Amis d'Uxellodunum  


Caesar's Gallic wars

Map : Wikipedia

Caesar in Gaul  1st century BC


58 BC

At this time the Gauls in the region of the Alps were already under Roman control.

The Helvetii began to migrate towards the lands of the Santons (Saintes).

Caesar would not let them cross Provincia, so they moved towards the lands of the Eduens whose capital was Bibracte (Mont Beuvray).

Caesar defeated the Helvetii in battle at Bibracte.

57 BC
Roman expedition against the Belgae to the north of the river Seine.
56 BC

Caesar conducted a land and sea war against the Venti (Morbihan) who were defeated at sea.

Expedition of the legate Publius Crassus to the land of the Aquitani.

A final expedition against the Morins and the Menapiens was carried out quickly.

55 BC

Punitive expedition against the Germani.

In summer, Caesar crossed the channel with a small force to engage the Britons, before withdrawing.

54 BC

Caesar returned across the channel with five legions to defeat the army of Cassivellaunus. With him he brought allies and vassals from Gaul, among them a young cavalry officer called Vercingetorix.

53 BC

Aged 20, Vercingetorix, now chief of the Arverni, a people never occupied by the Roman legions, fomented a secret coalition between the Gallic tribes against the menace that Caesar represented for their independence. Caesar returned from Italy to chase the Gauls northwards. Vercingetorix destroyed everything in his wake, but spared Avaricum (Bourges), capital of the Bituriges and Caesar was able to secure provisions and reconstitute his forces.

52 BC

The Carnutes massacred the Roman merchants established at Cenabum (Orleans).

Caesar took Cenabum and spared Avaricum.

The Eduens, despite normally being allies of the Romans, sent cavalry to join Vercingetorix who establshed his forces at at Gergovie, near present day Clermont-Ferrand, where Caesar could not dislodge them.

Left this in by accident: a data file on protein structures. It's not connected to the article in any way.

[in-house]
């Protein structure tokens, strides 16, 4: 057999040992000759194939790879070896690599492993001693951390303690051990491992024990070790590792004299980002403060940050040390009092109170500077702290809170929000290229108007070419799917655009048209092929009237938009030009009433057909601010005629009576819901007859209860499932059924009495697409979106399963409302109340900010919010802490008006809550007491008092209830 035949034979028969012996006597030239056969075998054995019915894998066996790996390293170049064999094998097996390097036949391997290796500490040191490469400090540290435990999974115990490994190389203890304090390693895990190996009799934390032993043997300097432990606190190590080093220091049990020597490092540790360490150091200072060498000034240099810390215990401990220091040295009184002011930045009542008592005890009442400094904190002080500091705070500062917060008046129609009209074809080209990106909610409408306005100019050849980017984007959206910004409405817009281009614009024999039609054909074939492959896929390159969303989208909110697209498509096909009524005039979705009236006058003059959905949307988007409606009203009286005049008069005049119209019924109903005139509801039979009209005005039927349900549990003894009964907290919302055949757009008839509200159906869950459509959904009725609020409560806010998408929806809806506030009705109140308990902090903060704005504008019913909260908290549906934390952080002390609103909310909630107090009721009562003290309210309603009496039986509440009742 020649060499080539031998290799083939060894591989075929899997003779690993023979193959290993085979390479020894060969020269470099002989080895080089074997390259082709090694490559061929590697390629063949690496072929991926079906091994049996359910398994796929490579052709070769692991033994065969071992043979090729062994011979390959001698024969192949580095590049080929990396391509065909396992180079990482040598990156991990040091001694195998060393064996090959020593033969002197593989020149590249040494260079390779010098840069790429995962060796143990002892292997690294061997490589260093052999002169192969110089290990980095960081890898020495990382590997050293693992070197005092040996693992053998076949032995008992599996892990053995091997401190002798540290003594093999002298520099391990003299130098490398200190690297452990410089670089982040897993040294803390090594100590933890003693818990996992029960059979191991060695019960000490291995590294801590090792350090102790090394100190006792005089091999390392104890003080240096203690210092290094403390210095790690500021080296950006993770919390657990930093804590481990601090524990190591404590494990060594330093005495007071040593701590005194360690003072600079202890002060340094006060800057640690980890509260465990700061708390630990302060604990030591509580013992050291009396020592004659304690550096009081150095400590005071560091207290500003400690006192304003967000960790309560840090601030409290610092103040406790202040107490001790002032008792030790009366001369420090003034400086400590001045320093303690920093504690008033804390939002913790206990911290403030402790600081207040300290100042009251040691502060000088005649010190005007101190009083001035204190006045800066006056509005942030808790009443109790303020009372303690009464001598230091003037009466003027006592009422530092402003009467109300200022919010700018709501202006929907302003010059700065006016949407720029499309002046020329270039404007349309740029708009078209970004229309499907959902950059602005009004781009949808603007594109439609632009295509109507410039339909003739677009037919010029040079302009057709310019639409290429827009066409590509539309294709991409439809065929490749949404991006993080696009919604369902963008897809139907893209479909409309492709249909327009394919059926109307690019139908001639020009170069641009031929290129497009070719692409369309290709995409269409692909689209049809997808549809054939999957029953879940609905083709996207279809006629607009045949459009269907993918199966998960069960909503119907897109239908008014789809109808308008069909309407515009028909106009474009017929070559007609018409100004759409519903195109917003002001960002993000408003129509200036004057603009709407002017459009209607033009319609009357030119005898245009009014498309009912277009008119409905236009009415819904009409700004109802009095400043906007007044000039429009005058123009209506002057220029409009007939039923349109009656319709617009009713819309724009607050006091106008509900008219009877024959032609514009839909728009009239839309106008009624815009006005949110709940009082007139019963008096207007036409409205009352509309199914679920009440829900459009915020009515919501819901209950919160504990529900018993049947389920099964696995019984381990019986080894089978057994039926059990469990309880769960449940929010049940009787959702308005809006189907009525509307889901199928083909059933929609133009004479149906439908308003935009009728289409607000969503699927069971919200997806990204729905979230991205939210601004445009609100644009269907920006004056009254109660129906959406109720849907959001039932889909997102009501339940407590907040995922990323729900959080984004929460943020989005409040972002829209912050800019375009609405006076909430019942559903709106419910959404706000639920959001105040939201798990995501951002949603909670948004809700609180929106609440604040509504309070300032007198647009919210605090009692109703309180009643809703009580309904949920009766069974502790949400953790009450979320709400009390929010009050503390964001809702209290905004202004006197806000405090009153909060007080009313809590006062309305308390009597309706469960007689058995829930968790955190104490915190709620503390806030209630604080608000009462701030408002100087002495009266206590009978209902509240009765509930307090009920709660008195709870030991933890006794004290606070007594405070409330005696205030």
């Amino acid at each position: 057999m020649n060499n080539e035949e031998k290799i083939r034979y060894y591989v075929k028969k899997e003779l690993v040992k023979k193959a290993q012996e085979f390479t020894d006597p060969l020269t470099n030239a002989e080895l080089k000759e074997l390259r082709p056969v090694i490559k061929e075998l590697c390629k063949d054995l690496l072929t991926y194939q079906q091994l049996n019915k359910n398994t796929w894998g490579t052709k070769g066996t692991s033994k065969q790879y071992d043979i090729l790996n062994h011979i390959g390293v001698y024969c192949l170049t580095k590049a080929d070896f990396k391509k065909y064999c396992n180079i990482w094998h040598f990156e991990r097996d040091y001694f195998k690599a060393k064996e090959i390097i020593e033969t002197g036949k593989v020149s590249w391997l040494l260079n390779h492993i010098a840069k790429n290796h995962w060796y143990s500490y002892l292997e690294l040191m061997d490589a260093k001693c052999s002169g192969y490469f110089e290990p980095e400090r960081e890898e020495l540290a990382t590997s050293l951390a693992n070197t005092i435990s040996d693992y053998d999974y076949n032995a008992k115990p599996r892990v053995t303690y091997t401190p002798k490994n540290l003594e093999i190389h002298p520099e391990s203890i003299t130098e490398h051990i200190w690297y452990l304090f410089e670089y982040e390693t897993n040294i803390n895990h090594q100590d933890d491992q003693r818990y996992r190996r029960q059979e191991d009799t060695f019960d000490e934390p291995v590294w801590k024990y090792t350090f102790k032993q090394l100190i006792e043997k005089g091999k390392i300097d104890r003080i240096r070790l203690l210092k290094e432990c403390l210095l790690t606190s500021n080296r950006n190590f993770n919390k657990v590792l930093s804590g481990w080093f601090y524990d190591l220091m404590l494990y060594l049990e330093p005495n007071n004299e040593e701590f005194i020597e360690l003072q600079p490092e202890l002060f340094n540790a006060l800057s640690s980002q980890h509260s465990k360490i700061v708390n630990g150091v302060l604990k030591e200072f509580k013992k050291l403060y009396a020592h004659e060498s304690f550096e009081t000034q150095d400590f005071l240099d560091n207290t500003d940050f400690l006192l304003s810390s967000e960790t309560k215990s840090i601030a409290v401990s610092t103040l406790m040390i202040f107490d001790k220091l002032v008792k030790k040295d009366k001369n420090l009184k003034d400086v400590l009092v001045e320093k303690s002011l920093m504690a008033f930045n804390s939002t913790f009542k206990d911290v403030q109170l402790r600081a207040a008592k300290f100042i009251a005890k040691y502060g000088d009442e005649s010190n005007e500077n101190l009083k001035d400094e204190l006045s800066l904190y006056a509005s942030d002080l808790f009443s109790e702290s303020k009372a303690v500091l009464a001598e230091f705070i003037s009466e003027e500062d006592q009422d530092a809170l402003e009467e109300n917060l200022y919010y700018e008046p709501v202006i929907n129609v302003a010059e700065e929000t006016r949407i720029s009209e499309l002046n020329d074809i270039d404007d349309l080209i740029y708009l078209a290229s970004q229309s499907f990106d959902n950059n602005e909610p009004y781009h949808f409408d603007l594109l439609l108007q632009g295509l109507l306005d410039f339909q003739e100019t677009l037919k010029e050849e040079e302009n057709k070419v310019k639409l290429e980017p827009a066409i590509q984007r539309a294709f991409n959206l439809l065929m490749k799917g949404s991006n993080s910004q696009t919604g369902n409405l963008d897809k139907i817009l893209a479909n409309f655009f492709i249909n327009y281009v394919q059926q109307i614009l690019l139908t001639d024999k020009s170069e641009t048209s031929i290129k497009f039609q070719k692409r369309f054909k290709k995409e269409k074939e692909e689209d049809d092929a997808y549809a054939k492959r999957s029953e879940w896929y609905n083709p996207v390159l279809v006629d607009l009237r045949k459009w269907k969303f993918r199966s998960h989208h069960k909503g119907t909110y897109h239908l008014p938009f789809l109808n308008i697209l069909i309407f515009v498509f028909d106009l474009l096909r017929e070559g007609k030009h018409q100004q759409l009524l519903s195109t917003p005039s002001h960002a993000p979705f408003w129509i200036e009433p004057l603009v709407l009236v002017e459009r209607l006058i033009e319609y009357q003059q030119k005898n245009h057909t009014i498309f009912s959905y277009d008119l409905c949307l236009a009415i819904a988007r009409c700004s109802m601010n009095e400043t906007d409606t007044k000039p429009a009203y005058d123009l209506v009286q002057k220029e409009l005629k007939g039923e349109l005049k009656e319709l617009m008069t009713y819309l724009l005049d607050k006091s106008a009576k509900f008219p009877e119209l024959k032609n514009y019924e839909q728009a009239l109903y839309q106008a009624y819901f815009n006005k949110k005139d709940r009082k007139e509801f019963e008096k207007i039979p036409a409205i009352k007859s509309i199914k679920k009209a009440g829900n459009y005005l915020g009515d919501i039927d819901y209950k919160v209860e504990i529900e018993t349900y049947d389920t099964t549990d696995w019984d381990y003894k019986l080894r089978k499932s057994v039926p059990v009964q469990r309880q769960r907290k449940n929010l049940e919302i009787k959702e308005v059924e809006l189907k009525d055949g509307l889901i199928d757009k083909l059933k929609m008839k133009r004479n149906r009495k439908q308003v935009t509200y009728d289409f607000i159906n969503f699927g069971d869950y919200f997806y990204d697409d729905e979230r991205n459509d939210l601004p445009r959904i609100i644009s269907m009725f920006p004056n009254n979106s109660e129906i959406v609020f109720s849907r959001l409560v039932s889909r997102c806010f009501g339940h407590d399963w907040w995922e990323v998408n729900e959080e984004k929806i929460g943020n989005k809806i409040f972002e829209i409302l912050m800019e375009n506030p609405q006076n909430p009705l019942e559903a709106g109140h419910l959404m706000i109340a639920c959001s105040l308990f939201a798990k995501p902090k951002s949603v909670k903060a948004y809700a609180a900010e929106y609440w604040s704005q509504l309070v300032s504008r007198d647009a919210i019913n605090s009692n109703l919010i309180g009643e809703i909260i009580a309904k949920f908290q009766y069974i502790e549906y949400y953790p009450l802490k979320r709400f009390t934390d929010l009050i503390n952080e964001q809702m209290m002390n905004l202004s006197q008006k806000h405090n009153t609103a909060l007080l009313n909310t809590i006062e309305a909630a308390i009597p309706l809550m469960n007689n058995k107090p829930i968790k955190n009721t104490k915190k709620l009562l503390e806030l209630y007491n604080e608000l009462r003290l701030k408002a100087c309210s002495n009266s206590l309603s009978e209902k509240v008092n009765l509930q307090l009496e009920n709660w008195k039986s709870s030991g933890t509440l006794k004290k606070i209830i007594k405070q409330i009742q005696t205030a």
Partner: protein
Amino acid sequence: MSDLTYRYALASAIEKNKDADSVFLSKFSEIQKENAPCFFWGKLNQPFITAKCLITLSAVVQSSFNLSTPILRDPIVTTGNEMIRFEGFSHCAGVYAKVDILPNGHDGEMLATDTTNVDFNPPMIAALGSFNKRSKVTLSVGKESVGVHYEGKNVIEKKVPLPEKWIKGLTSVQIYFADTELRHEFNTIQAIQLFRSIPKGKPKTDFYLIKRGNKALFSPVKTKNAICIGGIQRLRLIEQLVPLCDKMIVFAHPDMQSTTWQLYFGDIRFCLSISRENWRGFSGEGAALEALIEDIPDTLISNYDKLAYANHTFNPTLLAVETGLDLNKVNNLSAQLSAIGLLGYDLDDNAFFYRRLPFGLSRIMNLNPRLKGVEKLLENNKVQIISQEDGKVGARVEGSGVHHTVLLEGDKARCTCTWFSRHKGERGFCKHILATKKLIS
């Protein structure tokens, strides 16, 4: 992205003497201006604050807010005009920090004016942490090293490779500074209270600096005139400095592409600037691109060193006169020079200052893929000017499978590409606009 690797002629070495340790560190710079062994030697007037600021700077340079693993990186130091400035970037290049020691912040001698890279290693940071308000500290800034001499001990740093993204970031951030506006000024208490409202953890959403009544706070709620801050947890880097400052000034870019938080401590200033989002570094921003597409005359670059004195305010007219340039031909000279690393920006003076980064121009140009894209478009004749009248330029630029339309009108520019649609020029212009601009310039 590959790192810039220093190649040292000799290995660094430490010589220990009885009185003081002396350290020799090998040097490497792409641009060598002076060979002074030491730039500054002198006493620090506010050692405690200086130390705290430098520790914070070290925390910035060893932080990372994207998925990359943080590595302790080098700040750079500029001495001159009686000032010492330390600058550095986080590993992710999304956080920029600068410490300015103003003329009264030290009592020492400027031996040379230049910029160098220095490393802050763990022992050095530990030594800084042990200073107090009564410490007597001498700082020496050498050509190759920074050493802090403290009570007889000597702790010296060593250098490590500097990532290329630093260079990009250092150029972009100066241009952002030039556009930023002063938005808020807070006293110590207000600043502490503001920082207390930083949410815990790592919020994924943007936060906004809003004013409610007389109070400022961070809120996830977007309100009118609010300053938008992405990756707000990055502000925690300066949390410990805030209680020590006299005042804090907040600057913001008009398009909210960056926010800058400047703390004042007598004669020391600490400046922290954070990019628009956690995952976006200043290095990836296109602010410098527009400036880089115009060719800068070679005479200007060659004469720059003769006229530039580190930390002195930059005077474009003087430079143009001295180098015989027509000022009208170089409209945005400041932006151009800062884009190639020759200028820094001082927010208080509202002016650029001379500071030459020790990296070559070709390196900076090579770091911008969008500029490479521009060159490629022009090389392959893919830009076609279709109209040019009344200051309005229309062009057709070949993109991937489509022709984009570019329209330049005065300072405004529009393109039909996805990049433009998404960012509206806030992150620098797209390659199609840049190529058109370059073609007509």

The Gauls lead by Vercingetorix later attacked the Romans in Provincia (around Narbonne). The conflict took a decisive turn when the cavaliers of the Gauls were pushed into retreat by Caesar's Germani allies. Vercingetorix had to flee and take refuge with 80,000 men at Alesia, a hill fort in the east of Gaul.

Vercingetorix surrendered after the siege of Alesia.

51 BC
Caesar consolidated his vistory by punitive expeditions against the last pocket of resistance at Uxellodunum.

19th century to the present day


Discovery of numerous artefacts and of the first tunnel at the fountain of Loulié by Jean-Baptiste Cessac.

Excavations carried out at the instigation of Napoléon III.

1866 to 1874

Etienne Castagné published many reports following which Napoleon III, in his work on the Gallic wars, declared Puy d’Issolud to be the site of Uxellodunum.

1913 to 1920

Excavations carried out by Antoine Cazes at the fountain of Loulié.

1920 to 1941

Excavations by Antoine Laurent-Bruzy, a local enthusiast, whose findings remain unknown.

New archeological investigations commenced under the direction of Jean-Pierre Girault.
Official recognition on 26 avril 2001 of Uxellodunum at Puy d'Issolud.
Completion of the modern investigations carried out under the direction of Jean-Pierre Girault at the Fontaine de Loulié.
2010, 2011
Restoration of the site of the Fontaine de Loulié and protection of the Roman tunnels, including processing the spoil and recording the finds.

2012 - 2015


The site remains closed to the public.







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